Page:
Let’s actually even go back a step:
The moments right before Enoch’s tantrum, Jigger, taking full advantage of Carrie’s both beneficent and simple nature, posing as a concerned friend offering to show her how to “defend herself,” is trying to seduce Carrie. In fact, there’s a good chance he was going to rape her, let’s be real here. When Enoch appears on the scene just as Jigger is “demonstrating” to Carrie “how the firemen carry people,” Jigger is about to carry her off into the woods. Enoch becomes unhinged about how she’s “free” and “loose” and “lallygaggin’.” Carrie’s innocent misunderstanding is ignominious to Enoch, one that was on the precipice of becoming a full assault.
Carrie and Enoch have made up by the next scene (the death of Billy), but it’s never the same. At this point in the show, “Geraniums” marks the turning point for Enoch where he goes from being endearing to nauseating.
15 years later, we see Mister Enoch Snow, now the proud captain of his canning empire, and his 9 rotten bully children who, like their father, look down their noses from their lofty perch and pass judgment on those they deem beneath them. Enoch has produced his brood of Mini Snows, including the sniveling Enoch Snow, Jr, a miniature version of his father, whom his father won’t allow to marry Louise because she’s an unsuitable match and beneath his station. (Luckily, for we the audience, Louise has inherited her father’s tenacity, and lets Junior know exactly how she feels about that). Enoch has forgotten his humble origins. He remains the king of respectability politics.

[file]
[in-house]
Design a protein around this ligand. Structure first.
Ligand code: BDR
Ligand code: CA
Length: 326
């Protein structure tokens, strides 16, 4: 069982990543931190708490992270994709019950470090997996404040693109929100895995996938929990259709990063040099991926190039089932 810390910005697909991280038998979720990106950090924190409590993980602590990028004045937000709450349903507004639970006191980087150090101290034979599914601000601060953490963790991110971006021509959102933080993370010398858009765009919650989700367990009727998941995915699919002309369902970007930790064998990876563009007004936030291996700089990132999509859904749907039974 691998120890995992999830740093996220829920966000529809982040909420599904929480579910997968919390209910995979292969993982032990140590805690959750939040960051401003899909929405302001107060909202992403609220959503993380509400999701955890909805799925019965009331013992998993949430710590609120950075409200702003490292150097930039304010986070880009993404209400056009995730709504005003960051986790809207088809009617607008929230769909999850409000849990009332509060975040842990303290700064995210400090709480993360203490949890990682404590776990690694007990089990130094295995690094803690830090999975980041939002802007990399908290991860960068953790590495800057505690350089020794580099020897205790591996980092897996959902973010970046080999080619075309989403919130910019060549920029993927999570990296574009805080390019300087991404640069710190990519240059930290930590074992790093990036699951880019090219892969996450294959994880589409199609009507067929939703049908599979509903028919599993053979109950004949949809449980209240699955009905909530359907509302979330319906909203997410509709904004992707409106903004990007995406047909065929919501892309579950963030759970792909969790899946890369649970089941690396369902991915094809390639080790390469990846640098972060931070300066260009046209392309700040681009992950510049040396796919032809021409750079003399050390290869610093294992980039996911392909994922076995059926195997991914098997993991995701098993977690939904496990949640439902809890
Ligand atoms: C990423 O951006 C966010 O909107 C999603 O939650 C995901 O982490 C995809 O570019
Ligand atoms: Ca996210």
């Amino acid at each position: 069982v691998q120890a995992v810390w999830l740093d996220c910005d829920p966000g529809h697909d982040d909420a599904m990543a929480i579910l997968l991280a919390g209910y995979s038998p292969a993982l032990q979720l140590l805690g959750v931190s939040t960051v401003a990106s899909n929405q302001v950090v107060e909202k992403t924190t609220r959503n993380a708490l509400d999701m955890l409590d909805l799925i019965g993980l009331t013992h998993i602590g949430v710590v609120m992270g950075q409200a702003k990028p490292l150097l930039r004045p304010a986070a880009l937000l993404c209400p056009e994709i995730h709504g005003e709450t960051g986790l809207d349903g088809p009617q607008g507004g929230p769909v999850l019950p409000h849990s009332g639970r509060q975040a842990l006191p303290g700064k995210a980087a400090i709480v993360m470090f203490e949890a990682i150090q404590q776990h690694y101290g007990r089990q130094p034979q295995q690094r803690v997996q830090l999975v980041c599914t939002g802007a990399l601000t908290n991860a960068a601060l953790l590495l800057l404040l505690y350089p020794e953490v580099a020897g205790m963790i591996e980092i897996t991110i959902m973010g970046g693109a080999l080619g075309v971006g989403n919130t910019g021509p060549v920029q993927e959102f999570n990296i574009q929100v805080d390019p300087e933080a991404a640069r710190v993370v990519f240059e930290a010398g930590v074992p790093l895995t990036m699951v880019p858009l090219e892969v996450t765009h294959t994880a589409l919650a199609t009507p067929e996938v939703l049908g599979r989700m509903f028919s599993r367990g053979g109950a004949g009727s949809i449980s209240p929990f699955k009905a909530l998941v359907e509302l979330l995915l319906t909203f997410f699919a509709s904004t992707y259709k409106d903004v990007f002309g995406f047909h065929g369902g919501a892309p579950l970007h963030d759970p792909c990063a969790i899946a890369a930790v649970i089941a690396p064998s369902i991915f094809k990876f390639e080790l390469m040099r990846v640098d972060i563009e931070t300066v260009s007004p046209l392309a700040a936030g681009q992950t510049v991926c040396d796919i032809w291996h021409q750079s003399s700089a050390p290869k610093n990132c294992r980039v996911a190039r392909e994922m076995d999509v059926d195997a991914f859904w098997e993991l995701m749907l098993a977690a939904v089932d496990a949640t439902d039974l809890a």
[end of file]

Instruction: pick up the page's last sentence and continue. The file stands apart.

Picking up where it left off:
His material wealth continues to blossom prosperously, but his relationship with his wife has withered. His once charming overbearance now strains their relationship (name calling, belittling). Refreshingly, wealth and success have changed Carrie very little; she’s still very much the fun and delightful, spirited Carrie from the beginning of the show. Carrie is no submissive, wilting flower. She doesn’t take very much of Enoch’s nonsense and fires back at him as good as she gets. She also undermines him quite often. She knows where they came from, and she knows her husband is full of shit. Their marriage was not as perfect as they had both imagined. Their love isn't perfect, but real love isn't. We know they can't separate (especially with how class-obsessed Enoch is)--do they really still love each other? The weird space where love and abuse intersect is a tricky thing, and I'd like to think that they really do love each other, despite everything.
“It makes you wonder, don’t it?”
Though to compare Julie and Carrie and their responses to their situations just isn’t fair. Anyone who has ever experienced abuse knows that there is a degree of denial about the abuser, because it’s almost always someone you love, who has managed their way into your life in intimate ways (and part of the structure of abuse is debilitating you to a point where you cannot function without them, or their abuse). You cannot fault Julie for the way she behaves; people who are abused act this way because it’s how we survive. Julie’s way to survive is her quiet strength, her love of her cousin Nettie and her friends that remain by her side through everything. Carrie’s way is to hold her husband accountable, to push him back. CAROUSEL is very realistic--in real life, a woman, or anyone, in the situation would endure the abuse, would make excuses. It’s established in the show that domestic violence is wrong; you’re not supposed to agree with what’s going on. And, like I said before, there’s a fundamental difference between having the perspective of an observer and having high-handed judgments about what you would and wouldn’t do in that situation versus actually living through it personally.